The next type of Spell is referred to as a Flash-Spell that is micro burst of magical energy. They are easy to bring into existence, but because they are formed hastily, their effects are somewhat subdued. Flash-Spells are very useful to a Spellcaster as they can be cast quickly and whenever the situation requires it. Even when the Spellcaster’s foes are busily taking actions of their own.
The last type of Spell is referred to as a Permanent-Spell. As the name suggests, these magical formulas and incantations are so powerful that their effects linger and seem to “stick” to reality. However, these cards must have a constant supply of elemental energy to remain in existence. This means the Spellcaster will have to sacrifice their access to specific Elemental-Stones in order to power their Permanent-Spells.
Due to the Spellcaster’s ability to tap into and harness the building blocks of reality through the use of the Elemental-Stones, they can create and summon forth creatures to do their bidding. Summoned creatures are loyal and will happily die to protect the Spellcaster or die fighting their foes. But creatures also make excellent shields, and the savvy Spellcaster knows that sometimes the best protection is a giant creature rather than a magical wall.
A Word on Deck Building
Before we can even get to the game set up, each player must make a deck using the cards included in the set. The default number of cards is 40 per player; however, if the players use the Spellcasters (further detailed in the Game Variant section of this review), the total number of cards in a starting deck will be different. We suggest that all players ignore the Spellcasters for their first couple of games because they provide a deeper level of complexity.
There is no right or wrong way to create a deck, but part of the challenge is creating a deck that allows the player to win and is fun to play. Theory crafters like to toil away mixing and matching the many different variations and variables in an attempt to create an “unbeatable deck”. Elemental Clash will certainly make the theory crafters think, but the overall game system is simple enough to allow a new player to quickly create their own deck. With only 3 different card types (Elemental-Stones, Spells, and Creatures), a player need only focus on a few key characteristics of their deck to get it going. And because Elemental-Clash is a non-collectible card game, a player has access to all the cards from the very start.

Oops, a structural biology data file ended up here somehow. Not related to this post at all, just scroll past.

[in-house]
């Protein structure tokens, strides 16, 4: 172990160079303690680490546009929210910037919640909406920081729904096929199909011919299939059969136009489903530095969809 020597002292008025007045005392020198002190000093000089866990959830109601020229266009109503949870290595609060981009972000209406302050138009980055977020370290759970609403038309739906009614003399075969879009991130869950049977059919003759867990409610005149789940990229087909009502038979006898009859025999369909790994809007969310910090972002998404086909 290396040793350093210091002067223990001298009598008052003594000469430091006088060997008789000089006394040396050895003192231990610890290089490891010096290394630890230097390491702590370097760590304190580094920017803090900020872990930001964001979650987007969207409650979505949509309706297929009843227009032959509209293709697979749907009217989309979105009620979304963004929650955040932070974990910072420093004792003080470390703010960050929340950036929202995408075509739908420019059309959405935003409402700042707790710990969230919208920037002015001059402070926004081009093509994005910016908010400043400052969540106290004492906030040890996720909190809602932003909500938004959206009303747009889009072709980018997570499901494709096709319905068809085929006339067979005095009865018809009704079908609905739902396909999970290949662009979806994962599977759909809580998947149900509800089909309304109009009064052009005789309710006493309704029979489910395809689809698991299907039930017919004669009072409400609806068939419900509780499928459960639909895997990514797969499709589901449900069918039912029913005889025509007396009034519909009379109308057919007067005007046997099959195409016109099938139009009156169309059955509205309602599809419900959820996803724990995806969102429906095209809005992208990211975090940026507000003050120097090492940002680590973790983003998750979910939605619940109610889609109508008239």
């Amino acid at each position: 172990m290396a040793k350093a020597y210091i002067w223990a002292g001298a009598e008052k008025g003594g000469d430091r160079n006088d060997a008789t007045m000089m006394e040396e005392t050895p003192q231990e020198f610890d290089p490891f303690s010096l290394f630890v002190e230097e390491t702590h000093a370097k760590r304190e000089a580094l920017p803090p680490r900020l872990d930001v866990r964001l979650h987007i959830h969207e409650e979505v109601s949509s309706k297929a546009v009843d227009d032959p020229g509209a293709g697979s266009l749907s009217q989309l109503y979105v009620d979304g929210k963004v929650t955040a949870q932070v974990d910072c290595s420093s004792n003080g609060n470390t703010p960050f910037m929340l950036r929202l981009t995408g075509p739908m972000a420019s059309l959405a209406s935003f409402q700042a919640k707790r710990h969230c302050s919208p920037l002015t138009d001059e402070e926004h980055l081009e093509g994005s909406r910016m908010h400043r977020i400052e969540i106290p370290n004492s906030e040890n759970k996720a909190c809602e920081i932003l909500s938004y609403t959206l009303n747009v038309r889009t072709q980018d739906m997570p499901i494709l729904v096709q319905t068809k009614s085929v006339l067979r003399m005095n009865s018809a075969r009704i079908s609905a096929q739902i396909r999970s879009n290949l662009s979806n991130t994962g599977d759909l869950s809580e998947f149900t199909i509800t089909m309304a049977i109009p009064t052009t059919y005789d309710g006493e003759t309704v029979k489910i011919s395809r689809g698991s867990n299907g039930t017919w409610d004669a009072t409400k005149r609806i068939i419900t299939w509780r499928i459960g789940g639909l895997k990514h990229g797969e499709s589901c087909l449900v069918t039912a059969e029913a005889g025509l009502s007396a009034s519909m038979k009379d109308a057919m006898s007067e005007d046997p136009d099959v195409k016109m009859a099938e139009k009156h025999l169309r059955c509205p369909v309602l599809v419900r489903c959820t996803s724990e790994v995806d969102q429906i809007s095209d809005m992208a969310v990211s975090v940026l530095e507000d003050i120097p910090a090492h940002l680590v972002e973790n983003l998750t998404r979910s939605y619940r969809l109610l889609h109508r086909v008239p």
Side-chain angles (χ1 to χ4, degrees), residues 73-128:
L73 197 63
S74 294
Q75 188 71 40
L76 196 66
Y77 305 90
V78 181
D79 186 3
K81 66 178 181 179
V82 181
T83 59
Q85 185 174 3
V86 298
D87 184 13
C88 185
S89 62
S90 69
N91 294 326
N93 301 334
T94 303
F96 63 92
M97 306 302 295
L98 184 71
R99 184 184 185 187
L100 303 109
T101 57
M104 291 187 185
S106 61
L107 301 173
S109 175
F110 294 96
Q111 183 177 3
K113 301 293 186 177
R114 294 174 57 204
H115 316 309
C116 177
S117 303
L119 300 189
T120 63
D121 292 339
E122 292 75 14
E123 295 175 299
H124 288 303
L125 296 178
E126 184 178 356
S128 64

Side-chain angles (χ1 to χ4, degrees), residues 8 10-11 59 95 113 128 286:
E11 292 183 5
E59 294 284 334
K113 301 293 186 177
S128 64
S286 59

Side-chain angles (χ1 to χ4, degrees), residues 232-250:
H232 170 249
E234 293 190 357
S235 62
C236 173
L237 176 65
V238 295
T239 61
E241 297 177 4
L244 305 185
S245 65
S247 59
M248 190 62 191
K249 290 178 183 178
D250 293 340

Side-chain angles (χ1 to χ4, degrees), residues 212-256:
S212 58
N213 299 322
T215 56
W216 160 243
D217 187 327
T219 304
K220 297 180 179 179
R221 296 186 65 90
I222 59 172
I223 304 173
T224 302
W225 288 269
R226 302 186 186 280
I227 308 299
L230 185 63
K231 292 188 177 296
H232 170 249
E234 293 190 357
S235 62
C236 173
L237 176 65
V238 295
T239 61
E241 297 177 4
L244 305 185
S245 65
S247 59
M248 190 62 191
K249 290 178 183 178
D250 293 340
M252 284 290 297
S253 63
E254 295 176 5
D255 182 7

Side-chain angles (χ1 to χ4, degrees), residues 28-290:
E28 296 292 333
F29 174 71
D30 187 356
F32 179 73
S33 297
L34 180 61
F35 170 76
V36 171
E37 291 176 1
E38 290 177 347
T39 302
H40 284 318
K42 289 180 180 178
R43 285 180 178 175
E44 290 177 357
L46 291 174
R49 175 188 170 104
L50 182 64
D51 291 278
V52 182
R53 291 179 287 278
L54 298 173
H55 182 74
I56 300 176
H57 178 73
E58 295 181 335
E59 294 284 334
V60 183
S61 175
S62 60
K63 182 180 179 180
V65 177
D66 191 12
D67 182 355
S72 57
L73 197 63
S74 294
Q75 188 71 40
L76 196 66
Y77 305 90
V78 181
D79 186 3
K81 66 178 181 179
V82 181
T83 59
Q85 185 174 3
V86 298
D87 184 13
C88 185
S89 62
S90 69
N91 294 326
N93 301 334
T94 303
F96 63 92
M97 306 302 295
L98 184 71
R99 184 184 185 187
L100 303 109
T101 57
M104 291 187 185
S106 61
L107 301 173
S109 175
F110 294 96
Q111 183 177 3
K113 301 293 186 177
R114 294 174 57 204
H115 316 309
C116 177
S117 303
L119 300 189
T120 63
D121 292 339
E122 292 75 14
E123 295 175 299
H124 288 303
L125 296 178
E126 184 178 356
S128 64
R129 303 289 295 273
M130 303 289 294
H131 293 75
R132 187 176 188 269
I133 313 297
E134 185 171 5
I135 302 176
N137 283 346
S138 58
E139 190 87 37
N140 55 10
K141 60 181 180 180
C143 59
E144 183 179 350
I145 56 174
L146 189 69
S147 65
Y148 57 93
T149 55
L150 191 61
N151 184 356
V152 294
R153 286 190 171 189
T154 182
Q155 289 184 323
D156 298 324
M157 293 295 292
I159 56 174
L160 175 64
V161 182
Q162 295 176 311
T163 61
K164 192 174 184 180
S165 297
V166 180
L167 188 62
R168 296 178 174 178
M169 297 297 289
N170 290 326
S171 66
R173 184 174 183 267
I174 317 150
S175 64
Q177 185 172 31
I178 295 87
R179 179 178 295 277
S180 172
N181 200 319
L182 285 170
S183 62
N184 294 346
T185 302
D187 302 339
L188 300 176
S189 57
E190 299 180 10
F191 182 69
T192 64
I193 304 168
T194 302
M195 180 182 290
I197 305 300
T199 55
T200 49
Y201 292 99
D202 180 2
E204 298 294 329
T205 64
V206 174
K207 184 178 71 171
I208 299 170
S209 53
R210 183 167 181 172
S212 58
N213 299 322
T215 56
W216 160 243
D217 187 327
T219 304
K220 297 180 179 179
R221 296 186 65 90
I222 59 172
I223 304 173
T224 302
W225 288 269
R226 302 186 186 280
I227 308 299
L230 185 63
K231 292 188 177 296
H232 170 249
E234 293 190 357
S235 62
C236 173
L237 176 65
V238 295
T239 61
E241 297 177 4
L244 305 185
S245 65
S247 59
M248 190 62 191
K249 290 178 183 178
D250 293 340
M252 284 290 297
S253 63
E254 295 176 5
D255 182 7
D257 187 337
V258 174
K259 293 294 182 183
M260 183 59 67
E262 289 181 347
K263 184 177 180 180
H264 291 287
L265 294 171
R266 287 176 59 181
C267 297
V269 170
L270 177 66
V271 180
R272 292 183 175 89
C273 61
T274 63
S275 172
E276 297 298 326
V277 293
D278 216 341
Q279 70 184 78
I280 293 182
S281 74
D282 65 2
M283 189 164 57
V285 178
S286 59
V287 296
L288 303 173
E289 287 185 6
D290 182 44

When creating your decks for the first time, we strongly suggest you stick to no more than 2 elements unless you are familiar with deck building games. By sticking to no more than 2 elements, the player can focus more on the Spells and Creatures they will use versus the multiple copies of Elemental-Stones that are needed in order to power their magic. But most importantly, experiment. Mix and match cards and attempt to find just the right level of balance. Every game is an opportunity to learn about how a player’s deck works, both the good and the bad.
Game Set Up
To set up the game, first have all the players shuffle their deck.
Second, decide which player will go first. The first player does not get to draw a card on their starting turn.
Third, each player places their deck to their right-hand side. This deck is referred to as the player’s “Spellbook”. Below the Spellbook will be the player’s “Archive”, which serves as the discard pile. Directly above the Spellbook is “Purgatory”, which is a special discard pile for cards. Each player now draws 7 cards from their Spellbook. These cards should be kept hidden from their opponents at all times. If any player feels they were dealt a bad hand, they can draw a new hand of 7 cards without penalty. Any new hands that are dealt after the second will reduce the player’s hand size by -1.
Fourth, make sure each player has enough room to play the game. In total, the player will need to have enough for 3 rows of cards. A typical playing area will look a little something like the following image.
That’s it for game set up. Let’s cast some magic!
Masters of the Elements
The game is played in turns with no set number of turns per game. A player’s turn is comprised of several phases which are summarized here. For more details regarding the game play, please refer to the rule book.
Phase 1: Standby
The first phase of a player’s turn allows them to do some upkeep and shifting of their forces. How they go about that is up to them, but there is an order in which the changes and updates must occur.